The circulating recording of 'Ten Years After' from the Kulttuuritalo in Helsinki, Finland December 3, 1969 is well worth the search for any fan of the British blues explosion, as well as any admirer of psychedelic or improvisational music. The well known and diverse musical styling of guitarist Albert Lee, who's playing smooths the edges of multiple genres, is instrumental in driving the band into their amazing blues interpretations as well as into differing realms of jazz, and bebop and boogie. This perfectly balanced soundboard recording will be a welcome addition to the collection of any lover of  edgy blues and jazz based musical explorations. It's clarity and ambiance only magnifies the incendiary performances to be found upon review.

Sunday, July 27, 2014

Put the Boot In: The Who-'The Simple Things'-August 24, 1968 Oklahoma City, OK

 Windmilling in the 'rock room' this evening is an amazing audience recording hailing from the Who's second American tour in August of 1968. On August 24th the Who played an early and a late show at Wedgewood Amusement Park in Oklahoma City, Oklahoma. According to notes the band played on a grandstand in front of the main building and across from the 'Tornado' roller coaster. Audio documentation by Pete Townsend referring to the sun 'bearing down on their necks as well as beaming in the audience's eyes point to this recording as coming from the afternoon performance. The group's LP Magic Bus had just been released in July and the band toured in support of the record, with the schizophrenic visions of Tommy already visible on the horizon.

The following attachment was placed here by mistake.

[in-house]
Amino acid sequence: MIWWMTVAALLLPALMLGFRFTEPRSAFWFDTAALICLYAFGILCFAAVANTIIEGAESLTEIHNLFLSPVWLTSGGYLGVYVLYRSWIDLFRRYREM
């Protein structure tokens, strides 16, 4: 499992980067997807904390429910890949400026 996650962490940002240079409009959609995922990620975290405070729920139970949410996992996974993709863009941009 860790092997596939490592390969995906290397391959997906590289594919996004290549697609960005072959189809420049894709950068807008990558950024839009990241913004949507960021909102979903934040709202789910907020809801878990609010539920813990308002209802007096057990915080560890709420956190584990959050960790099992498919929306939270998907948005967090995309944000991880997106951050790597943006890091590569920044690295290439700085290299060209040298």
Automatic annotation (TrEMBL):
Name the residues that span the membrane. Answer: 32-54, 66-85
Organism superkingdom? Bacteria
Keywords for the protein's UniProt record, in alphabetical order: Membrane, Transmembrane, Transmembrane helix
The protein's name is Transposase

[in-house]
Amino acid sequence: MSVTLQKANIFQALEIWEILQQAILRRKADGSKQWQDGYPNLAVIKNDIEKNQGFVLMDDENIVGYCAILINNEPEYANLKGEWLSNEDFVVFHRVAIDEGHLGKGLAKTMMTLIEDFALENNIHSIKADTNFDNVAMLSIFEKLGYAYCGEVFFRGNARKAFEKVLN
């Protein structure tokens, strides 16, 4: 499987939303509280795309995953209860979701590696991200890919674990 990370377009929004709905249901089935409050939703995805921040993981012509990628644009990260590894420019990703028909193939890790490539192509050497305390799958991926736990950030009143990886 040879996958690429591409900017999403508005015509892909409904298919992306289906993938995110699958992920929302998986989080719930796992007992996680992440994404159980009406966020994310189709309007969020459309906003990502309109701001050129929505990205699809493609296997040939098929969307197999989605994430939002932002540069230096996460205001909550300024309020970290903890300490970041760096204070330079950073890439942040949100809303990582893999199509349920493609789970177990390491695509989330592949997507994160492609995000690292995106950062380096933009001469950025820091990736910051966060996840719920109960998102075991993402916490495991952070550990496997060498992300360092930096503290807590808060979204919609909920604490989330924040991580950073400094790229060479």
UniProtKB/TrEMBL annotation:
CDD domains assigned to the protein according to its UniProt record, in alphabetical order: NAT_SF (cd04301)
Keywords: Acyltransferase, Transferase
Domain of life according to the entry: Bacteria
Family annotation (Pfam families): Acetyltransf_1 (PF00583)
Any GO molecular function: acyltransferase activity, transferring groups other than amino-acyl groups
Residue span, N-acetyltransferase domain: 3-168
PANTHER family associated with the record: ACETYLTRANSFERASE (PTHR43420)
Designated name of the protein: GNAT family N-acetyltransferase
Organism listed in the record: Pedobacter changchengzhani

This recording is biting and raw, an amazing capture for a tape made on somewhat still primitive recording devices. The personality of the individual instruments is sharp and in focus. The hallmarks of any forty plus year old tape in existence are slight anomalies and sonic reediness. But it the case of this recording, the capture is an absolute pleasure and makes one forget the few issues. Only thirty minutes exist of this tape, so I am certain it is only a partial recording. What is available is a crushing display of a band starting to discover what they were capable of as writers and stage performers.

The master recording hails from a silver bootleg disc called 'Cry Blue Murder' and begins with the opening strains of the performance, as some tuning is captured before the band thrashes into the blinding opening lick of 'Substitute'. There is some muffling to the recording as the taper presumably adjusts his gear for optimal operating parameters, but this dissipates quickly. What is most striking about the sound quality is John Entwistle's elephant bass tone underpinning Townsend's violent guitar strikes, these features comes through on the tape as elastic and warm for the bass and as violent exposed power lines for the guitar respectively.